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God’s Grace in the Book of James

June 26, 2017

The book of James is known especially for its emphasis on good works (faith without works is dead). Martin Luther disliked James because he saw little of God’s grace–an emphasis of the apostle Paul in books like Romans and Galatians.

But James does portray a graceful foundation for his emphasis on good works. In 1:17-18,21 he mixes agricultural and “birth” metaphors to point to God’s gifts (grace) from above. The “word of truth” of 1:18 becomes the “implanted” word in 1:21; and this “plant” produces “first fruits” (God’s new “creatures,” who are “brought forth” or “birthed” by the word of truth).

So through the word of truth implanted from above, the (heavenly) “Father of lights” gives the “perfect gift” that produces new creatures, new children (of the Father), who receive with meekness the implanted word from above (1:17-18). This Father’s gift–that enables the birth of new children and empowers them to become new creatures–is especially what Paul means by “grace.” For both Paul and James, grace is God at work, producing new life in new children (of God).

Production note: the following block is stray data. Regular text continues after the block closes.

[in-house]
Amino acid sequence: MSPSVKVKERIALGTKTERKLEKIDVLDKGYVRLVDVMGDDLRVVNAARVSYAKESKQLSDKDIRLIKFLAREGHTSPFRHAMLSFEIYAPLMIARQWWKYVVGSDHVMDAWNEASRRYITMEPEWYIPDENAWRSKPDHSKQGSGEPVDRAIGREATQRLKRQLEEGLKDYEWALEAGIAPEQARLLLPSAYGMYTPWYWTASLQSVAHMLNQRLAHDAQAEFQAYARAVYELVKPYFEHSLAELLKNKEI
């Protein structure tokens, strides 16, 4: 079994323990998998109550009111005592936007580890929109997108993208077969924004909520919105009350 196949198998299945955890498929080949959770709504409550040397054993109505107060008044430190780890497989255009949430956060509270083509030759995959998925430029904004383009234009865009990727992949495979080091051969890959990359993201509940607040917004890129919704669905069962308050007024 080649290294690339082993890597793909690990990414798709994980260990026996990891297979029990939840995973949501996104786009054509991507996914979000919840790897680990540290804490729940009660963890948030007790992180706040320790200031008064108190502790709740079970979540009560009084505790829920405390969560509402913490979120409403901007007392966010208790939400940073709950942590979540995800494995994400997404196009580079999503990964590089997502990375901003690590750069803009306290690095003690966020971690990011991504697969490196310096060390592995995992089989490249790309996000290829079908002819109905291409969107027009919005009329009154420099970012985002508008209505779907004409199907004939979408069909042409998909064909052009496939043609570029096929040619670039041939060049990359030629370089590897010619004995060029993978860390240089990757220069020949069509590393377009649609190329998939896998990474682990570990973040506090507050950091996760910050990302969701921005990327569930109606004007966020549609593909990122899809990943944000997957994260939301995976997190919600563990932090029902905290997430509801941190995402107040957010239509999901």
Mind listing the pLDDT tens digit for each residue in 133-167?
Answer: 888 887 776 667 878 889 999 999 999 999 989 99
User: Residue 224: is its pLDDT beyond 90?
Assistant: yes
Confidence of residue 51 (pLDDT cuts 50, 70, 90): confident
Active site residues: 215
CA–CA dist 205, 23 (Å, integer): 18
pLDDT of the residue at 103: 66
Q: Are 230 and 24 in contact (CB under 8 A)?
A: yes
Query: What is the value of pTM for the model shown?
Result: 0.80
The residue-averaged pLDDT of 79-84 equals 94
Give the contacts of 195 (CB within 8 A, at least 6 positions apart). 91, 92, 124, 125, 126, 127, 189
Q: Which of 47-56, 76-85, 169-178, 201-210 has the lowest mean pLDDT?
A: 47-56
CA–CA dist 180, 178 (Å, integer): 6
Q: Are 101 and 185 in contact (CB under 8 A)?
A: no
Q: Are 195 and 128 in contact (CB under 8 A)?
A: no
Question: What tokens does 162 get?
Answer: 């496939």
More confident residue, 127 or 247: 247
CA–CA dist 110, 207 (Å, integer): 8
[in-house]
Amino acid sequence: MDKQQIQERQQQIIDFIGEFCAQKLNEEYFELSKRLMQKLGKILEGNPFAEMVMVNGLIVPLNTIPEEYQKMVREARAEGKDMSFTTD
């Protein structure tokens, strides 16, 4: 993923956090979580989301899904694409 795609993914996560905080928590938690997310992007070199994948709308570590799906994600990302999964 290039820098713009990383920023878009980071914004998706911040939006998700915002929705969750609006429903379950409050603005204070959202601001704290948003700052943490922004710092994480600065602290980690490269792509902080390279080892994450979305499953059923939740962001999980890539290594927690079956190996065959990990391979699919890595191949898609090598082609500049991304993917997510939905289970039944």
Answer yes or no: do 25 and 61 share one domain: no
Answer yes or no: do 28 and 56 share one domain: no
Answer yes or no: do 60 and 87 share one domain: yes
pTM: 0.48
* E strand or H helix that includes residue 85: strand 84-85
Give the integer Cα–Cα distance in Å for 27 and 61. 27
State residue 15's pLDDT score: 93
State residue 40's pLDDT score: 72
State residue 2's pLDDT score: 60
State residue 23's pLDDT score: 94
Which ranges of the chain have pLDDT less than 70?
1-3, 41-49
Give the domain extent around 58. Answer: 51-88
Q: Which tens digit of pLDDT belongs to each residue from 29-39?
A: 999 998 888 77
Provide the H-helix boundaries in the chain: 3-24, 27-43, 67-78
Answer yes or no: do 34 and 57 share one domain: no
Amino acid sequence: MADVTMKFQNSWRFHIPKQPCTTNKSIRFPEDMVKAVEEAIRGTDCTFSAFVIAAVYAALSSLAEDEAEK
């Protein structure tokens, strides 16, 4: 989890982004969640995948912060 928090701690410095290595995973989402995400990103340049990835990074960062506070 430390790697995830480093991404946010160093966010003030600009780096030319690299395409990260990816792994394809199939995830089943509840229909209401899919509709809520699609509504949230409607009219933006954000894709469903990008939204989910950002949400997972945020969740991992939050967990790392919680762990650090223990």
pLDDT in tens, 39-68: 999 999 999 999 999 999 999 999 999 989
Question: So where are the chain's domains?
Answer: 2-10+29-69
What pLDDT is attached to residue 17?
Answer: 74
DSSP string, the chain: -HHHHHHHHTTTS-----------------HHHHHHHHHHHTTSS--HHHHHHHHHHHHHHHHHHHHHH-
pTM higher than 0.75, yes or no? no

This divine word of truth is able (powerful) to save (the souls of) God’s new children (1:21). God’s grace here is not primarily mercy (or forgiveness); this grace is God working in us to save us from present selfish desires and sin, and from eternal death. Those receiving this good and perfect gift from the Father of lights will not waver in darkness.


From → Book of James

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